The Lowdown on Fungal and Yeast Infections of the Nail

Fungal and yeast infections, also called Mycoses, are caused by a fungus, a primitive vegetable, which grows in all warm, moist areas and spots, which lack light exposure. Mushrooms, mold and mildew are examples of fungi, which live in air, soil, water and on plants. Some live in the human body. Only about half of all types of fungi are harmful to humans.

Some infections are caused by yeast (scientific names: Candida, Candidiasis, Moniliasis), which is a type fungus that lives almost everywhere, including in your body.

Usually, your immune system keeps yeast under control. If you are sick or taking antibiotics, it can multiply rapidly and cause an infection.

Some fungi reproduce through tiny spores in the air. You can inhale the spores or they can land on you. As a result, fungal infections often start in the lungs or on the skin. You are more likely to get a fungal infection if you have a weakened immune system or take antibiotics.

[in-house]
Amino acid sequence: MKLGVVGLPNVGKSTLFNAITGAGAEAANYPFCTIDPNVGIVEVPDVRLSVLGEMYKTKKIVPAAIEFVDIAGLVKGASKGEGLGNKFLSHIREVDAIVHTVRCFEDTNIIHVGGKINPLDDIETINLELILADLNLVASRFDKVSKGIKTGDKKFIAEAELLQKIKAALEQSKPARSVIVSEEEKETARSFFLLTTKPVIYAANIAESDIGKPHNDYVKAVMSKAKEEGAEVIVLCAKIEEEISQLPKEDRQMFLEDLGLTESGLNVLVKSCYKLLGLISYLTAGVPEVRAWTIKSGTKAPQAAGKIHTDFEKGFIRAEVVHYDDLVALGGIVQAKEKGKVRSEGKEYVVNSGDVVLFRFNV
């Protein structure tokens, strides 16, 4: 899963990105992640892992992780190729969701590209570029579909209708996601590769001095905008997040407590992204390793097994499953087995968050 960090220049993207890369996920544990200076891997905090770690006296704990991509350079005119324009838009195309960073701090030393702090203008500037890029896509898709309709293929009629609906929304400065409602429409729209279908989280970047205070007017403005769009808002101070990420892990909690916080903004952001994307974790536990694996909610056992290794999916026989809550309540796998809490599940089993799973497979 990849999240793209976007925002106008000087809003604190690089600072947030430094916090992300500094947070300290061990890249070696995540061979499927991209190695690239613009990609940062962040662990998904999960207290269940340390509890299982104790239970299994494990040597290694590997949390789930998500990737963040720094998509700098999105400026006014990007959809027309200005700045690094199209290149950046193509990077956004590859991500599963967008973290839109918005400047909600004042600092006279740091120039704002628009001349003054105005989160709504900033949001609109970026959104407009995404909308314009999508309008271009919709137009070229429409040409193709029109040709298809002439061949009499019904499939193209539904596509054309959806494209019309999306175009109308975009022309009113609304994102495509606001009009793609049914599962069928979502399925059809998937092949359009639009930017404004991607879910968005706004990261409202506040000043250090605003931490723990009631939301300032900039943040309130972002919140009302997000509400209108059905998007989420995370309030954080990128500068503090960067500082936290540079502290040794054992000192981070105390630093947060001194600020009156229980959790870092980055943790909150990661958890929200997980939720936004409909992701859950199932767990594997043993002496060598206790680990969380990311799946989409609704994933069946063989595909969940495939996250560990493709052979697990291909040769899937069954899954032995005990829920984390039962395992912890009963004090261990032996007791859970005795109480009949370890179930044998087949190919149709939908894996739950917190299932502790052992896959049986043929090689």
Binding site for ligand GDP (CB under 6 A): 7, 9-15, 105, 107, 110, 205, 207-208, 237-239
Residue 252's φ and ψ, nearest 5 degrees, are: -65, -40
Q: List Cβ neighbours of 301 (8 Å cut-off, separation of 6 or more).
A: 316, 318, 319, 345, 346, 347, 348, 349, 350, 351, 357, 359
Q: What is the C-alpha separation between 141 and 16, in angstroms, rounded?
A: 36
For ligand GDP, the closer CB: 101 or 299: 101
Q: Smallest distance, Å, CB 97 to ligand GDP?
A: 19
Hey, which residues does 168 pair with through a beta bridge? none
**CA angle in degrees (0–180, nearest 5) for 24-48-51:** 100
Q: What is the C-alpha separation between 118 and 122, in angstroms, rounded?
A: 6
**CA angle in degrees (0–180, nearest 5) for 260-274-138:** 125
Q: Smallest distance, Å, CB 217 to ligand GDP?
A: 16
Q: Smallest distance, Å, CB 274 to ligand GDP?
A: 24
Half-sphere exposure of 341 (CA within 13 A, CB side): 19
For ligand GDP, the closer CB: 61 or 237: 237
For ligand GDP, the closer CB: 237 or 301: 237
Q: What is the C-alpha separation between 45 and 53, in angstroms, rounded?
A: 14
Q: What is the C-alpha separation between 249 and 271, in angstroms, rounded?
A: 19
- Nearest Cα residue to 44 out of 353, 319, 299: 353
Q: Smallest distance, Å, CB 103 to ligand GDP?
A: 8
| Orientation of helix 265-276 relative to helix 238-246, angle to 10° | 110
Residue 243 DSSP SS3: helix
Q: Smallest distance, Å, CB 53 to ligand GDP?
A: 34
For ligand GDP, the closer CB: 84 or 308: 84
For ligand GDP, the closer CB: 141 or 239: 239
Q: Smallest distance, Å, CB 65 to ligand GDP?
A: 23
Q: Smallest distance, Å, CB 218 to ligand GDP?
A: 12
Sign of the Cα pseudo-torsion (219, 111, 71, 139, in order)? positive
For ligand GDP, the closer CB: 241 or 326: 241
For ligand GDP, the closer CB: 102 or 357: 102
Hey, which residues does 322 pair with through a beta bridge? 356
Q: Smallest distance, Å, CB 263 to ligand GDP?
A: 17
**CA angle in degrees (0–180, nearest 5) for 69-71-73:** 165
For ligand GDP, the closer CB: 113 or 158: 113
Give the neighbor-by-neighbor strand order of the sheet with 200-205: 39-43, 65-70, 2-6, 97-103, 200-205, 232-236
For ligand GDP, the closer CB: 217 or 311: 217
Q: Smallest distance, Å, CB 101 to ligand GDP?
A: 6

Fungi can be difficult to kill. For skin and nail infections, you can apply medicine directly to the infected area. Oral anti-fungal medicines are also available for serious infections.

Some of the better over-the-counter creams and powders may help get rid of many tinea infections, particularly athlete’s foot and jock itch. Other cases require prescription medicine.

Fungal infections under nails, aka Tinea unguium or Onychomycosis, are typically very hard to treat, because the nasty fungi are protected by nails. Topical medications cannot penetrate through the nail. Oral medications may be toxic and are not recommended for elderly people and diabetic patients.

Comprehensive and sophisticated therapeutic methods are required to eliminate fungus in toes and fingers and prevent reinfection.